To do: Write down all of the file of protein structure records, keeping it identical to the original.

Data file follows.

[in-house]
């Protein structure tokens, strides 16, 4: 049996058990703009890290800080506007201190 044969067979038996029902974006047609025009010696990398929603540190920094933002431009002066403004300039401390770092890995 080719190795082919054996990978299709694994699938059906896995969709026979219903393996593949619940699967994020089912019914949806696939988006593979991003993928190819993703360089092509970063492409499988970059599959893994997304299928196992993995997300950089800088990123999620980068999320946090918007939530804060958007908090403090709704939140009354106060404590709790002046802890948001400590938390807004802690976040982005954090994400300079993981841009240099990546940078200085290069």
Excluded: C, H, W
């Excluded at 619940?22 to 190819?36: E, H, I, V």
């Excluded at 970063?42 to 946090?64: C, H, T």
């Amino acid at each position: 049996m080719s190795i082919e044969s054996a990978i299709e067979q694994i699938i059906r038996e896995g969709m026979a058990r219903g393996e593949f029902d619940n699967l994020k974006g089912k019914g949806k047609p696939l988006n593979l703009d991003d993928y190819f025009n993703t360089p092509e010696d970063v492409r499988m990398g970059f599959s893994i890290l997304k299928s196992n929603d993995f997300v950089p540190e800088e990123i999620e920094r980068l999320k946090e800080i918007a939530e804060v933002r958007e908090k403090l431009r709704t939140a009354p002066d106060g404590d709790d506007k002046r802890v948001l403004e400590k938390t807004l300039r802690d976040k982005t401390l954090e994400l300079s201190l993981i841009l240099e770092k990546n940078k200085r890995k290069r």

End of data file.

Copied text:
[in-house]
């Protein structure tokens, strides 16, 4: 049996058990703009890290800080506007201190 044969067979038996029902974006047609025009010696990398929603540190920094933002431009002066403004300039401390770092890995 080719190795082919054996990978299709694994699938059906896995969709026979219903393996593949619940699967994020089912019914949806696939988006593979991003993928190819993703360089092509970063492409499988970059599959893994997304299928196992993995997300950089800088990123999620980068999320946090918007939530804060958007908090403090709704939140009354106060404590709790002046802890948001400590938390807004802690976040982005954090994400300079993981841009240099990546940078200085290069």
Excluded: C, H, W
């Excluded at 619940?22 to 190819?36: E, H, I, V």
């Excluded at 970063?42 to 946090?64: C, H, T």
């Amino acid at each position: 049996m080719s190795i082919e044969s054996a990978i299709e067979q694994i699938i059906r038996e896995g969709m026979a058990r219903g393996e593949f029902d619940n699967l994020k974006g089912k019914g949806k047609p696939l988006n593979l703009d991003d993928y190819f025009n993703t360089p092509e010696d970063v492409r499988m990398g970059f599959s893994i890290l997304k299928s196992n929603d993995f997300v950089p540190e800088e990123i999620e920094r980068l999320k946090e800080i918007a939530e804060v933002r958007e908090k403090l431009r709704t939140a009354p002066d106060g404590d709790d506007k002046r802890v948001l403004e400590k938390t807004l300039r802690d976040k982005t401390l954090e994400l300079s201190l993981i841009l240099e770092k990546n940078k200085r890995k290069r």